I remember the first time I saw Star Wars.

I was six, and my brother four. We’d just gotten our basement completely refurbished; mold completely stripped, carpet laid down, a massive surround sound system put in for our very new DVD player. It was warm and comfortable, and I simply couldn’t wait to spend more time down there.

My mother decided, in order to celebrate the months of work that went into the basement, that we should celebrate by expanding our knowledge of pop culture. She excitedly dragged out the DVDs she’d just purchased, the glint from the disk nearly blinding me when she put it into the player.

For seconds, all I could hear was trumpets and the steady yellow-lettered crawl that inched up my screen. And then I was enraptured by the massive starship creeping across the TV and into my mind.

And then she appeared.

For a little girl like me, who wanted to be a doctor, a writer, a marine biologist, and a professional softball player, the idea of being a princess was never really interesting. But when Princess Leia came onscreen, with her pretty white dress and hilariously wonderful bun-buns, I couldn’t help but want to be a princess for the first time in my life.

Leia was everything I wanted to be—feisty, fierce, and completely unafraid. She took no crap, but did no harm. She was handling the situations that Han and Luke couldn’t even do, and in my eyes, there was no character better.

Star Wars became a pretty big thing in my family, as my brother learned to adore it just as much as I did. In fact, I think I watched Star Wars so often that my mother started buying some of the toys for me and not just my brother. But I was always Leia, the princess who saved herself.

Damsel in distress? Certainly not Leia--and so most certainly not me.

After I watched the other movies, and even as I got older, Princess Leia remained one of my favorite characters, but her longevity on that list wasn’t just due to the character herself, but rather from Carrie Fisher.

She was a long-standing advocate for mental health awareness, and after being diagnosed with mental health disorders myself, there was no one better that I could look to for inspiration to keep going. It often felt like I was constantly hitting rough patches in my life, or getting stuck in ruts that I would never, ever get out of, and every time I thought about giving up, I’d remember how this woman fought her way out of a serious drug addiction and broke herself of her debilitating smoking habit. Taking responsibility for her Bipolar Disorder was so important to me—while I don’t have that particular illness, the fact that Carrie went to cons and interviews and openly said, “Yeah, I’m mentally ill, but I’m fighting and I’m still here,” was more than life-saving for me. I could look at her and think, “Okay, she pulled herself out, and so can I.” Carrie made me feel that I was still together, even when I thought I was in shattered pieces.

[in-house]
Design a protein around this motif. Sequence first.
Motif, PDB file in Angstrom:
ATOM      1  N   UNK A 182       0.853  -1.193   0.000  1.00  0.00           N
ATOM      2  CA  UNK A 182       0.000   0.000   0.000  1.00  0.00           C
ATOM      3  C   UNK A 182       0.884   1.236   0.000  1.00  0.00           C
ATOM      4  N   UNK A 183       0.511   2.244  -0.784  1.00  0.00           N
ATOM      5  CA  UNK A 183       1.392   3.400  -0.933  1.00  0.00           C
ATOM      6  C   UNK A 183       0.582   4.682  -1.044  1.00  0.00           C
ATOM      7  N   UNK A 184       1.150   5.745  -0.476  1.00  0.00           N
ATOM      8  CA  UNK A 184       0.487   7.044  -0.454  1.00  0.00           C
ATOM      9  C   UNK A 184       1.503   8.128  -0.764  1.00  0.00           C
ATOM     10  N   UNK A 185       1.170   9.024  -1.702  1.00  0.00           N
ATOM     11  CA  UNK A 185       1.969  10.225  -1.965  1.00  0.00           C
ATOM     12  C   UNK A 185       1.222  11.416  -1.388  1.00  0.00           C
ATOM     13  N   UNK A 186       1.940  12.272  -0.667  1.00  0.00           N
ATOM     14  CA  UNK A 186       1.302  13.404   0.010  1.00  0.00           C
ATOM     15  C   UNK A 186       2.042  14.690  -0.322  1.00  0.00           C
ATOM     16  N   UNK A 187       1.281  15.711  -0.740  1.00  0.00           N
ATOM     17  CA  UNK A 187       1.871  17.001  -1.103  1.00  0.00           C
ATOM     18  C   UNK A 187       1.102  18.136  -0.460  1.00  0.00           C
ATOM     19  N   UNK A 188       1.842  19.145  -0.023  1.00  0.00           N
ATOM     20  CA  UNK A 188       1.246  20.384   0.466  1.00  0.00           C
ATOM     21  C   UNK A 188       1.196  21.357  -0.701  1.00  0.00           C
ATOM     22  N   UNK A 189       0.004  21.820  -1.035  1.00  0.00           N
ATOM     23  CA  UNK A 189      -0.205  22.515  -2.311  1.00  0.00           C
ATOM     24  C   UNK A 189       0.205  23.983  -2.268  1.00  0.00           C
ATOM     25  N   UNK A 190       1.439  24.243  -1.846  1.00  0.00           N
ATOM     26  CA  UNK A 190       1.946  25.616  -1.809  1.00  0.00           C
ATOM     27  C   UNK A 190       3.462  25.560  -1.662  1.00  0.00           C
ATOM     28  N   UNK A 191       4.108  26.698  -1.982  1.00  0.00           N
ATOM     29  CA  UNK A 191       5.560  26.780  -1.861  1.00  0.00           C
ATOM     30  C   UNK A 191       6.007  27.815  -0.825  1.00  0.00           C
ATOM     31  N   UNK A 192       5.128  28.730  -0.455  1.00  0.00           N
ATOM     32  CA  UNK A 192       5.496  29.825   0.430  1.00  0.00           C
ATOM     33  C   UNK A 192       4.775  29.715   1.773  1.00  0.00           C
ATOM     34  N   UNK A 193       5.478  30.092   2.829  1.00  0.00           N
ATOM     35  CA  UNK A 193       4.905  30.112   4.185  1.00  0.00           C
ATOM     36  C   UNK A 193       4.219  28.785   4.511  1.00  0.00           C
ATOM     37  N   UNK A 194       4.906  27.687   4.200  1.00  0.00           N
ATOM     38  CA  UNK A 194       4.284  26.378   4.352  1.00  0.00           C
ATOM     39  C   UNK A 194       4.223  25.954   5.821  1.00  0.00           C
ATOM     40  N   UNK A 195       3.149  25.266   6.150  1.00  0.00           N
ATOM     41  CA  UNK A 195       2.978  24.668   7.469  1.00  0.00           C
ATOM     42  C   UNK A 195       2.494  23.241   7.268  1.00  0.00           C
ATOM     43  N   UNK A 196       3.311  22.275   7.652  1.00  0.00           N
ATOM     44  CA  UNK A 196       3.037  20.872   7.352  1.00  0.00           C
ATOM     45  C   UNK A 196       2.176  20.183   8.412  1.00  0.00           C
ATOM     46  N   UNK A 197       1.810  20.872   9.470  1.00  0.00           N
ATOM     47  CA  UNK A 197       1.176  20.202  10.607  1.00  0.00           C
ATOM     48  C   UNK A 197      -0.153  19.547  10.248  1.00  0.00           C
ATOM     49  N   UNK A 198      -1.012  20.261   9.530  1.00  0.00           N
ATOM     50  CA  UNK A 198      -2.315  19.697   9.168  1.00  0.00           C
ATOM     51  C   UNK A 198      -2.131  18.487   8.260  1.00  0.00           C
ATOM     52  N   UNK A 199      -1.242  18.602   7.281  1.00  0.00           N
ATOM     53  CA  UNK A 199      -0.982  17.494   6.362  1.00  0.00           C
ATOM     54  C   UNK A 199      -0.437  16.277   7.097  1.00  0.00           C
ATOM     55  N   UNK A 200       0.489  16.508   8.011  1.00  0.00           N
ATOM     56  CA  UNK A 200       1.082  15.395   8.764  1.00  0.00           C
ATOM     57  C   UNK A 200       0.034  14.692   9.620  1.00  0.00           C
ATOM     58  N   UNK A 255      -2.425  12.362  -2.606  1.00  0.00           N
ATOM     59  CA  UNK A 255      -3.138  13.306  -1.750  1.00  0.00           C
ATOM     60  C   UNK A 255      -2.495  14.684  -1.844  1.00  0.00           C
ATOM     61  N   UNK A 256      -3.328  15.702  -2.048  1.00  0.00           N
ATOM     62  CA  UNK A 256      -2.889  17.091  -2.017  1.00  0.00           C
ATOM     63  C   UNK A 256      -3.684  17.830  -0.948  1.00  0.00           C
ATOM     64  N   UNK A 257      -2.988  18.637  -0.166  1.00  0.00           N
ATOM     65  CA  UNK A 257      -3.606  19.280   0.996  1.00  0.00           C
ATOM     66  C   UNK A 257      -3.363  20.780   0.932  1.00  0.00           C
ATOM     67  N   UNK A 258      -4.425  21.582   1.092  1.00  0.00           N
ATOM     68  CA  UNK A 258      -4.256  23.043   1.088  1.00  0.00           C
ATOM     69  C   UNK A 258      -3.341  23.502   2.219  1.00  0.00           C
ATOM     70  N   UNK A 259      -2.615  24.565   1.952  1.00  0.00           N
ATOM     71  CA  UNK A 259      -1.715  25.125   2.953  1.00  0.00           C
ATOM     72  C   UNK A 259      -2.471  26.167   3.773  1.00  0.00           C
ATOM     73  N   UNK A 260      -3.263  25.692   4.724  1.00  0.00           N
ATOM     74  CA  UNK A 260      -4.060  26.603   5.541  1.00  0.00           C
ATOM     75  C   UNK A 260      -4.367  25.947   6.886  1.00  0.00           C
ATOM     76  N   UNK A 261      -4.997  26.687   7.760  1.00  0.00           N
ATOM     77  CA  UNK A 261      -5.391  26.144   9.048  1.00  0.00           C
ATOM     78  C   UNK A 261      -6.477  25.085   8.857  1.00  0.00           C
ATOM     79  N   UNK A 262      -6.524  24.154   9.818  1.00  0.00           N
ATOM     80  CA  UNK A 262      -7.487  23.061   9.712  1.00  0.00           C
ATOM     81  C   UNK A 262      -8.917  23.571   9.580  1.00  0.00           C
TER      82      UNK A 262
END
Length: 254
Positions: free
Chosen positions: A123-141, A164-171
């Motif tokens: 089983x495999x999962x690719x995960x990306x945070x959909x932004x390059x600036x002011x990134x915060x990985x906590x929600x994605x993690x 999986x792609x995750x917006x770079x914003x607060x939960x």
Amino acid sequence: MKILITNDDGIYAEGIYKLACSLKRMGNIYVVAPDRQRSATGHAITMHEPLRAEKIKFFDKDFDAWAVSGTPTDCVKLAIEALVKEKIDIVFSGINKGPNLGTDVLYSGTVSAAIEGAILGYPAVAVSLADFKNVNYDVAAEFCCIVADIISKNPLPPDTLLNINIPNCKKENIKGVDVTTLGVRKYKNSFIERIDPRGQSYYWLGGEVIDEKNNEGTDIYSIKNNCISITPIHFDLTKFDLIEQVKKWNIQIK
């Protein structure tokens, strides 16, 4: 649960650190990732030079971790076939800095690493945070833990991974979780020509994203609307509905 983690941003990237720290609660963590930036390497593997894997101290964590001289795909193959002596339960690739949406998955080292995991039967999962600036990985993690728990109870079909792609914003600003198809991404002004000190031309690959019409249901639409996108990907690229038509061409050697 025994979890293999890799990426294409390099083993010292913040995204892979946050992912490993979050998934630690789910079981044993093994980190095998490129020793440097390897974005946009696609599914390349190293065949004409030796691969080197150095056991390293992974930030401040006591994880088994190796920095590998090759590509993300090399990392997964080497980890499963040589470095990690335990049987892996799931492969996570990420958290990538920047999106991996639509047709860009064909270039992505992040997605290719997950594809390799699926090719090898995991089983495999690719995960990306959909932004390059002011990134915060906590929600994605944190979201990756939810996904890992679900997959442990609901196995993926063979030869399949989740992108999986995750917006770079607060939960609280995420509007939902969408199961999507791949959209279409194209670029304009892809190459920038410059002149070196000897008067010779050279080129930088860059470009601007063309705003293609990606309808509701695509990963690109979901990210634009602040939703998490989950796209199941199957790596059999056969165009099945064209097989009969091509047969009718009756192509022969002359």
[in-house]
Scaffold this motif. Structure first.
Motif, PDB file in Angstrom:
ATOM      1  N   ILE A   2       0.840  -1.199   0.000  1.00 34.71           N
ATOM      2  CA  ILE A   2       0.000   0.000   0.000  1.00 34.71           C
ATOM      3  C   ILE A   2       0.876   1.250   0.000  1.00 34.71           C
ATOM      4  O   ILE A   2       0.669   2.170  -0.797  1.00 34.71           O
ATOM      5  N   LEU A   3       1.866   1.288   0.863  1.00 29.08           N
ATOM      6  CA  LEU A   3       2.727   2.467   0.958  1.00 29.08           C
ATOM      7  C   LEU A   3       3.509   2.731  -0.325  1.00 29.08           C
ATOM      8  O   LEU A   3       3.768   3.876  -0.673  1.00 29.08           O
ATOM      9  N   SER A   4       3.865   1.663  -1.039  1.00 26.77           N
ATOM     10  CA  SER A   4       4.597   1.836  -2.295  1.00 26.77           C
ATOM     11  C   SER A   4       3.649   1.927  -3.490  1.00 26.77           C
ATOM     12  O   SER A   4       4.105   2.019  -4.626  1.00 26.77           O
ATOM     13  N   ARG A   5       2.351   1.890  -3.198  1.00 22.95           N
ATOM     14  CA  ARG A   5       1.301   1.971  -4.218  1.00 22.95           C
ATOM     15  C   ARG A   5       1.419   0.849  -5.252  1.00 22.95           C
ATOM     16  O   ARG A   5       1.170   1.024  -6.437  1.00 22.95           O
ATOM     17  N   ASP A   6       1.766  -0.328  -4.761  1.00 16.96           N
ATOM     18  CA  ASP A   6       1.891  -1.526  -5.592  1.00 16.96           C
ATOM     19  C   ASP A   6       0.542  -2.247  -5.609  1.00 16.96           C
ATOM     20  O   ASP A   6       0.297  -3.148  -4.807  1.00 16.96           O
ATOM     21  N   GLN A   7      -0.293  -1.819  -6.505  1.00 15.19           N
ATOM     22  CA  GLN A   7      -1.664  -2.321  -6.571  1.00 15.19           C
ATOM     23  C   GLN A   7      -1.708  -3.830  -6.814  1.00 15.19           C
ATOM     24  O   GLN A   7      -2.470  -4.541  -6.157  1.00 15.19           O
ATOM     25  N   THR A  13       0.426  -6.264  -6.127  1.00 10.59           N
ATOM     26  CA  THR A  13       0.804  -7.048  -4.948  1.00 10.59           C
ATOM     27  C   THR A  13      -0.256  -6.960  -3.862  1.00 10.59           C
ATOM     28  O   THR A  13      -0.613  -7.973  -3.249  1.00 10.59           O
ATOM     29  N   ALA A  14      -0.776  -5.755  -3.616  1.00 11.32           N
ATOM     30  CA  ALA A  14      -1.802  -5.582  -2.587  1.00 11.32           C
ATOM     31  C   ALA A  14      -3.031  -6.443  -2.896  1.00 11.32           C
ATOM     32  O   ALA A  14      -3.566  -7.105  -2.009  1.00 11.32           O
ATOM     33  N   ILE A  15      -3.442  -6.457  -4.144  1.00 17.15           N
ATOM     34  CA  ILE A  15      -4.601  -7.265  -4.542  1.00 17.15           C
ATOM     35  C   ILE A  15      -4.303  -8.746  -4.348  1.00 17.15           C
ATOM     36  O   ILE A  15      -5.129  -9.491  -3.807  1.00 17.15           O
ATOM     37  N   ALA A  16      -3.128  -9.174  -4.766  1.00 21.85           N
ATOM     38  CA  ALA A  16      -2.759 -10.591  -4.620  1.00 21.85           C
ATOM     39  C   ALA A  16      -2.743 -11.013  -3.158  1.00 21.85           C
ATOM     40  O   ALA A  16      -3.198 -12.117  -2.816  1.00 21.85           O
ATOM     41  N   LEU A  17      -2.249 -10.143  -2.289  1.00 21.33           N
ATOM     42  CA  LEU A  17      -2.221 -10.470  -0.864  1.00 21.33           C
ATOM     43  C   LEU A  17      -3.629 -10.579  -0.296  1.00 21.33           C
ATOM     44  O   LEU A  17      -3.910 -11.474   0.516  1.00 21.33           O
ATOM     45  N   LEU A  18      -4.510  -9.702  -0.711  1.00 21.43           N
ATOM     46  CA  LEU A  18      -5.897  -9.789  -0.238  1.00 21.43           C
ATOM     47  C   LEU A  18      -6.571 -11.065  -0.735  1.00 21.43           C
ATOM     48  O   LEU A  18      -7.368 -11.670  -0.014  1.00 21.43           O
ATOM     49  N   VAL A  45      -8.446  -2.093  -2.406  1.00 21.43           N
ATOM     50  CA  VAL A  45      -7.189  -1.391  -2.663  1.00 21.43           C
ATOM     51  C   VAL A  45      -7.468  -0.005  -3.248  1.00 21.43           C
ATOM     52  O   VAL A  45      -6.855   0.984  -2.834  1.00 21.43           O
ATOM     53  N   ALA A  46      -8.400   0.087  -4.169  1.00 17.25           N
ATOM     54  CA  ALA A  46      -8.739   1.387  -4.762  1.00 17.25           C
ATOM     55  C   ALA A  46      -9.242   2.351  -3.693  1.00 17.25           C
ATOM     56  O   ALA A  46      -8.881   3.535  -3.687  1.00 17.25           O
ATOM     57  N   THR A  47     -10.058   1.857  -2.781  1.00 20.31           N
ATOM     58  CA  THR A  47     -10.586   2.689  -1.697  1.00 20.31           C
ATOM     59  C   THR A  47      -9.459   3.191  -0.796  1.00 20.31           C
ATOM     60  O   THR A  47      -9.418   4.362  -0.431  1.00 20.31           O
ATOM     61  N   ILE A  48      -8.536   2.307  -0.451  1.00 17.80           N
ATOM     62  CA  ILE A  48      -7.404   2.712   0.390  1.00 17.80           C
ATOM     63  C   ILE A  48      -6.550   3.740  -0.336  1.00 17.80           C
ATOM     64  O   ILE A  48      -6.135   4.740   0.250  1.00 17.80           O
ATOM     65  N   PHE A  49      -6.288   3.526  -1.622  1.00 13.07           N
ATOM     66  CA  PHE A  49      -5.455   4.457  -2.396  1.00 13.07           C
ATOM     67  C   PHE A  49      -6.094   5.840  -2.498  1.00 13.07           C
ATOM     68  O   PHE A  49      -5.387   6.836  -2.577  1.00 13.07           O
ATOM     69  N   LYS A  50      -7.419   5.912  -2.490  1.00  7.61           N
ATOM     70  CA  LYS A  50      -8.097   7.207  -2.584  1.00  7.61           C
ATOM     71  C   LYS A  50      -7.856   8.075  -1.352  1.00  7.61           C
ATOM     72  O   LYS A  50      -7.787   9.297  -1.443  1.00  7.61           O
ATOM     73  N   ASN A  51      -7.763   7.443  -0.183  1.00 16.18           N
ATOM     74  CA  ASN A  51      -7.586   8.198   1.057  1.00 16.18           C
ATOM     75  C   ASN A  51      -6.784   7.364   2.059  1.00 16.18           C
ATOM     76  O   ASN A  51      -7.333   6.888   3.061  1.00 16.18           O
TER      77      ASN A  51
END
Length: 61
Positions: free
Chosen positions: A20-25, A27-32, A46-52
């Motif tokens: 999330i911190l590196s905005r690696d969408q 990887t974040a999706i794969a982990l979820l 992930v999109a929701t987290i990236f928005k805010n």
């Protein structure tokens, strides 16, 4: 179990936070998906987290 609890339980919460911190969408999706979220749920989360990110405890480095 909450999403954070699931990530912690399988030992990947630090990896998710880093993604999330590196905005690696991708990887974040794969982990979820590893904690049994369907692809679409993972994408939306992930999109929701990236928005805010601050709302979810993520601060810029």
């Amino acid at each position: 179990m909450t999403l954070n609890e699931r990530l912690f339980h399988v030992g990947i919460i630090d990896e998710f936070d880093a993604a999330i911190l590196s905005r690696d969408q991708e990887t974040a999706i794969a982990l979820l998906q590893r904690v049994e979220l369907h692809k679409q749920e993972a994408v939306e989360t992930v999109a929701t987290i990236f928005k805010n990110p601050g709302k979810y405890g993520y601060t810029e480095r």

I didn’t learn until later that she was a well-known script doctor in Hollywood; although very rarely given for her work, and as a writer myself who was constantly searching for her words, it was something that I felt I could connect to. When I struggled with my own personal problems, I clung to my words. But eventually, things got so bad that I couldn’t rely on my words anymore, and I started to succumb to those issues, letting the pain wash over me like a tsunami. However, one day, I stumbled upon a script that Carrie had doctored, and almost immediately, tears pricked in my eyes. She’d wiped away the crap and completely replaced it with something new, and it was then I realized that I needed to do exactly that—both in my writing and my personal life.

Her ferocity taught me more about myself than I think I’ll ever really know.

There’s a lot more I would write here, but I don’t want to bore anyone, so I’ll just summarize in a few short words: Carrie Fisher helped me to learn to give meaning to my life as a woman with every year that passed. I could finally see myself in this rebellious princess who might not have known what the future would hold, but would make damn well sure she would be there when it came. Especially when it came to my mental illness, her inspiration and openness was something I could look to, and think, “Hmm, maybe I’ll be okay.” I may not have met her, and yeah, I’ve learned a lot from other people, too, but she was one of the most powerful influences on my growing up, and I have to thank her for that.

Sometimes you just need something to believe in. Sometimes, you just need a little hope, and she gave it in spades.